Final Cut Pro Product Manager Paul Saccone called Final Cut Pro HD's improved RTExtreme "unlimited creative exploration mode" with 4 streams of HD full quality and 10 in preview quality (presumably with a dual 2GHz G4) and significantly beefed up Standard Definition performance. Although the marketing hype has "HD at $5000 or less" using an Apple Cinema Display for video display, that doesn't include storage, $60,000 for the camera or $25,000 for the feeder deck! Still, it's a huge step in affordability for HD editing because those same storage and acquisition costs apply to more expensive editing systems.
Final Cut Pro 4.5 (a.k.a HD) also gained the ability to use a Cinema Display for HD video monitoring, but it is without any color conversion, so the colors would not be suitable for correction or critical viewing. Blackmagic were showing HD Link - a 4:4:4 to DVI converter for viewing HD video on a DVI monitor like the Apple Cinema Display. Although HD Link has a color lookup table for conversion, President of Blackmagic, Grant Petty, says it is not yet quite up to color correction specifications. An update is expected.
Apple and HDV
While it would be great if everyone doing HD would start with DVCPRO HD or HDCAM as their minimum standard, the cost of acquisition is going to be a significant barrier to entry for some time. With much of the focus on the much less expensive, and some suggest data-rate-compromised, HDV format it was good to read on Monday that Apple had joined the HDV Consortium promising native support "in a future version of Final Cut Pro".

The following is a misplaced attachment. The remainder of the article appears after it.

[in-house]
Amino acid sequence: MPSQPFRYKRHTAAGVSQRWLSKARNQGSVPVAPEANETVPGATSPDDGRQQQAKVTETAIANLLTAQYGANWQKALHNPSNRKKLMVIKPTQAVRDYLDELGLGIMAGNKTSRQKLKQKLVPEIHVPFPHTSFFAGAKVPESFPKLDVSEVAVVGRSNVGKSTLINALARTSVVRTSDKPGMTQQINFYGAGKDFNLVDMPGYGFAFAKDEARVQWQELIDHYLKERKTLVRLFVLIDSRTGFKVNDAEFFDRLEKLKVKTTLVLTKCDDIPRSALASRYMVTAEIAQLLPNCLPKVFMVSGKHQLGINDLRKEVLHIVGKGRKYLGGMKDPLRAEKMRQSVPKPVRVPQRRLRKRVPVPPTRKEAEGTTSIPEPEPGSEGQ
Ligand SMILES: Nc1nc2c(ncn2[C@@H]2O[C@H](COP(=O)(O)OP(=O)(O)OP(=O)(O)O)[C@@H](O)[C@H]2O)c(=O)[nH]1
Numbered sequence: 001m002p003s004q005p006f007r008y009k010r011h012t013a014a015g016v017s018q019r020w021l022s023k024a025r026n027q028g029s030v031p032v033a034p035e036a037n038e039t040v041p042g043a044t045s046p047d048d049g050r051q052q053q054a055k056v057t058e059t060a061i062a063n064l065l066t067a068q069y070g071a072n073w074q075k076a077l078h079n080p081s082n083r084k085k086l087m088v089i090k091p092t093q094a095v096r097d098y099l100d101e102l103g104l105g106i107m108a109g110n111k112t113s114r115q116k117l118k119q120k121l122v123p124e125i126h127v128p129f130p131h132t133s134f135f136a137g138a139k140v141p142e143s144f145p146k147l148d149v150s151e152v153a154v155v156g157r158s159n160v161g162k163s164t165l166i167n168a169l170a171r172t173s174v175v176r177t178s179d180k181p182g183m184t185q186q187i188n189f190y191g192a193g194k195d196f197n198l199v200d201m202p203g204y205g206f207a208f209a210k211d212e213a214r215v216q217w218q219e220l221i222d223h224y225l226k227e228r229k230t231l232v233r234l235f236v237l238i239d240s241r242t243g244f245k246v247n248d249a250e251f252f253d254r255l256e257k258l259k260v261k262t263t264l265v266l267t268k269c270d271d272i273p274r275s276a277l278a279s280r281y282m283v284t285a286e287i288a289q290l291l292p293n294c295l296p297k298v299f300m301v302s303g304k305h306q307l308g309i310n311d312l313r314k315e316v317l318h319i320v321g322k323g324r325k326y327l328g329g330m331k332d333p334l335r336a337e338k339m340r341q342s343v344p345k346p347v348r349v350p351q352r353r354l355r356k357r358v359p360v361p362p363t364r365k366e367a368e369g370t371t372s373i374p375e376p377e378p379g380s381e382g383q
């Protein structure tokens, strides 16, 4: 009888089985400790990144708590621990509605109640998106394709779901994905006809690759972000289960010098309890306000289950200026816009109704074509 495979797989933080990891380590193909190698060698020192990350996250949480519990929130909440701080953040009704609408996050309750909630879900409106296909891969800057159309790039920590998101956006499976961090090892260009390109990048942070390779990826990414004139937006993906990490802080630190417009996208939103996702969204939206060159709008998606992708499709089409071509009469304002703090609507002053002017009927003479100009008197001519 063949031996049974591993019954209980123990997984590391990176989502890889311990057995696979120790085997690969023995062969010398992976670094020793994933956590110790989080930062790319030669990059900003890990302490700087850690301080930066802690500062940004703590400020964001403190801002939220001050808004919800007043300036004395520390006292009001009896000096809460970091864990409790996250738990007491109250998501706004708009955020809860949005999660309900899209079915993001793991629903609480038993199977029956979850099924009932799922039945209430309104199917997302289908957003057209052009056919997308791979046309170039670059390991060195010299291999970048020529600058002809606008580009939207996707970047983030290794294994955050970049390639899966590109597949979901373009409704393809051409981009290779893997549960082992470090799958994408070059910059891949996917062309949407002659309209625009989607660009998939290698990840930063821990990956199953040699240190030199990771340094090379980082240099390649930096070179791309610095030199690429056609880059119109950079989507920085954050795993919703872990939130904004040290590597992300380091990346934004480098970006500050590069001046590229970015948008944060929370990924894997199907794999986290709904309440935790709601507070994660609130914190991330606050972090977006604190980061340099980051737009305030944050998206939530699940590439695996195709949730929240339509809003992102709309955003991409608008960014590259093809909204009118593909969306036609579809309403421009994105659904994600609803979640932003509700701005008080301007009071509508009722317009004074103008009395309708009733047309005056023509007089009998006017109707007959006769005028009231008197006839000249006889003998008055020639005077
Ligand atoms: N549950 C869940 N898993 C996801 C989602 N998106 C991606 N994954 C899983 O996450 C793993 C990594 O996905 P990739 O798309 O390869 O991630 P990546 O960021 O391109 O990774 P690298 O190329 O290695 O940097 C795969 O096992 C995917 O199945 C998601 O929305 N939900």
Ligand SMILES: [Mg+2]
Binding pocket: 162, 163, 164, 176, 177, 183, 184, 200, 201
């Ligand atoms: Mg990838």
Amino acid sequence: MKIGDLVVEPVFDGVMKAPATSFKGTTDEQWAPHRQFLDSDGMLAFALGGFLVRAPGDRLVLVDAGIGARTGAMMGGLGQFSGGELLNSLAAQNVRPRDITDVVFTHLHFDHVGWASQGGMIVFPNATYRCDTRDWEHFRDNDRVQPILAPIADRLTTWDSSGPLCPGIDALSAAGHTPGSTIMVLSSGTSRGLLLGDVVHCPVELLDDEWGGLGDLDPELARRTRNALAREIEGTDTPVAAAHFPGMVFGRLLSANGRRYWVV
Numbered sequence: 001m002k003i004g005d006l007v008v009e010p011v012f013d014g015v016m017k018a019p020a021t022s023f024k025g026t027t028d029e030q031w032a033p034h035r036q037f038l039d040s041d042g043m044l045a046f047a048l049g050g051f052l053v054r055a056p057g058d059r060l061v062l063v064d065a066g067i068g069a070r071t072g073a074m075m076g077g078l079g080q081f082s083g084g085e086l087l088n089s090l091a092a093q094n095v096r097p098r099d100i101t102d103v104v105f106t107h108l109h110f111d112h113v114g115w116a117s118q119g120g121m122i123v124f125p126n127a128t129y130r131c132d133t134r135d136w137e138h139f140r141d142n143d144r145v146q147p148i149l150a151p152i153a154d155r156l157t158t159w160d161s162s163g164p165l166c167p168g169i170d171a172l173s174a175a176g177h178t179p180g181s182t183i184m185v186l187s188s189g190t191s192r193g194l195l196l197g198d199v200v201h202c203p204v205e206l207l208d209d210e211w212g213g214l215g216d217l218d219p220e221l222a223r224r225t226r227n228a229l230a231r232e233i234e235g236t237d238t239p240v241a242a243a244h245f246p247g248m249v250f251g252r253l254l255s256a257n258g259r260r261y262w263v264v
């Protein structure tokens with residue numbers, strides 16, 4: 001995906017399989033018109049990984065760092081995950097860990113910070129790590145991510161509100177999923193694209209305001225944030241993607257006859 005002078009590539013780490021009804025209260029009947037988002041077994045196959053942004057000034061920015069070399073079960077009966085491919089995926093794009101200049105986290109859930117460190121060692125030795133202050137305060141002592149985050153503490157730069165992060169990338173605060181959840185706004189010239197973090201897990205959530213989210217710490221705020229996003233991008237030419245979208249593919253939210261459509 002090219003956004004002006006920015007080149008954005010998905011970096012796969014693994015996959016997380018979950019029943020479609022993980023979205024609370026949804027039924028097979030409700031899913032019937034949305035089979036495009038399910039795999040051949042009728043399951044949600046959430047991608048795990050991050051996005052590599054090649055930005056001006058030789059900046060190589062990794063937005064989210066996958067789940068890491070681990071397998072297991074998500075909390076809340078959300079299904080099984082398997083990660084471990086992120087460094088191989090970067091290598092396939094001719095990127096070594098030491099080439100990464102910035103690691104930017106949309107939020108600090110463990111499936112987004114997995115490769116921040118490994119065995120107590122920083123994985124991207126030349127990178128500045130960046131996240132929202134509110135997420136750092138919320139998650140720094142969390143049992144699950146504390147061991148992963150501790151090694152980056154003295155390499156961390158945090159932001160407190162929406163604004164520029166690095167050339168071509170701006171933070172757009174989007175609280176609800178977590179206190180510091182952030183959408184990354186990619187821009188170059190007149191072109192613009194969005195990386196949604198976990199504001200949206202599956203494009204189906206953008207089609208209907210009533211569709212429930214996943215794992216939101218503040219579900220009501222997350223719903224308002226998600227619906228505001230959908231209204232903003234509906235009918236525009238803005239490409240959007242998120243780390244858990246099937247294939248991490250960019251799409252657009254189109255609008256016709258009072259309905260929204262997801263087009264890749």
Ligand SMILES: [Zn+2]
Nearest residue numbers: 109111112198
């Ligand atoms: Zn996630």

Until they include the native support, Apple are recommending workflows from Heuris and LumiereHD. A quick explore of the LumiereHD offering at NAB (on the JVC stand) leads me conclude that it has the best price/performance ratio. If you want to edit HDV with Final Cut Pro now, that's the best solution. (On the PC platform there are many alternatives for editing HDV.) Although we can hope that Apple get native HDV support in the next major revision, reality suggests it may be longer unless there is some additional work already underway in QuickTime to allow for out-of-sequence frames (such as MEPG-2 Backwardly predictive frames - i.e. B frames).
Still, there is reason to be optimistic about QuickTime with the technology preview of H.264 in QuickTime shown on the Apple stand (more later).
Final Cut Pro HD demonstrated and immediately available Apple wowed the crowd with a preview of Motion - a new motion graphics design tool for release late summer at $299. You'll need at least an 867 G4 and a really beefy graphics card to run Motion because they have harnessed the power of the Graphics Processor to give real-time and near-real-time performance while manipulating onscreen elements.
The demonstration showed about 12 layers of text and graphics previewing in real time over a 720 P HD shot. Nothing slowed down as more layers were added. Finally, OS X OpenGL performance has improved so that it can support enhanced graphics performance like this. Hopefully it suggests continued improvement of high-end graphics card support in the Mac product range, something PC users have enjoyed for many years.